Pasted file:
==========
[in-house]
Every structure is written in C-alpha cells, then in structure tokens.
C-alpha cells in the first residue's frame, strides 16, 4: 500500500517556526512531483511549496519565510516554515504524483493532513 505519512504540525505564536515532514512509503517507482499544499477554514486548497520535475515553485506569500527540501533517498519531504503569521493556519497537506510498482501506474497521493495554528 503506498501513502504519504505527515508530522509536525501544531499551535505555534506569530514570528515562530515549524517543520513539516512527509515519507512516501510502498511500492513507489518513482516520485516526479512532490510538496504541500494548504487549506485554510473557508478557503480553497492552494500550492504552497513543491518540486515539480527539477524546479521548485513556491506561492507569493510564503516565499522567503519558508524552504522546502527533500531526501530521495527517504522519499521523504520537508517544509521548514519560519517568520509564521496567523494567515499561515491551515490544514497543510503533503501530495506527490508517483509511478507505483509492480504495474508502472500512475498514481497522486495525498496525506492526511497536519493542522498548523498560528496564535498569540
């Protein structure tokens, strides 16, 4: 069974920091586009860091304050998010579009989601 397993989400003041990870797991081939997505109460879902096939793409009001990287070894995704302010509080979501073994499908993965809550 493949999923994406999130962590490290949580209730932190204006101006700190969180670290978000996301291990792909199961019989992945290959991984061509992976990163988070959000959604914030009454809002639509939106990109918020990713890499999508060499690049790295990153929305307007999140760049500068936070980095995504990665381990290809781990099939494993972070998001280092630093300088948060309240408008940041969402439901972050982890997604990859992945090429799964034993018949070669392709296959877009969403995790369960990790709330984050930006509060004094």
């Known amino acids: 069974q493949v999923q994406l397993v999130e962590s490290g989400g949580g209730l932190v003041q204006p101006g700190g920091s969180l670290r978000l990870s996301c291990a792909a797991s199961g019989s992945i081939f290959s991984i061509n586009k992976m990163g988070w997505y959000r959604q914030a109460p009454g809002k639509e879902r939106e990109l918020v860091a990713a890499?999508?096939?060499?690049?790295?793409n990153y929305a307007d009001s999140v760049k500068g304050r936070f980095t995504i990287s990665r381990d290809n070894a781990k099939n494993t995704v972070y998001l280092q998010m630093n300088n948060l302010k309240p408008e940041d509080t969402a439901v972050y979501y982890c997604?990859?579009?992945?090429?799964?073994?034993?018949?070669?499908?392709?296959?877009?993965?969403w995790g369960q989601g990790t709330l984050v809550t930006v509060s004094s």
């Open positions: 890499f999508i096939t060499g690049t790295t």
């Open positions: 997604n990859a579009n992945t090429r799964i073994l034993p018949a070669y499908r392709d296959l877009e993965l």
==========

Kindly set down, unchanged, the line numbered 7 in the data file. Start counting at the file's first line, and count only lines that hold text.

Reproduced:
């Open positions: 997604n990859a579009n992945t090429r799964i073994l034993p018949a070669y499908r392709d296959l877009e993965l």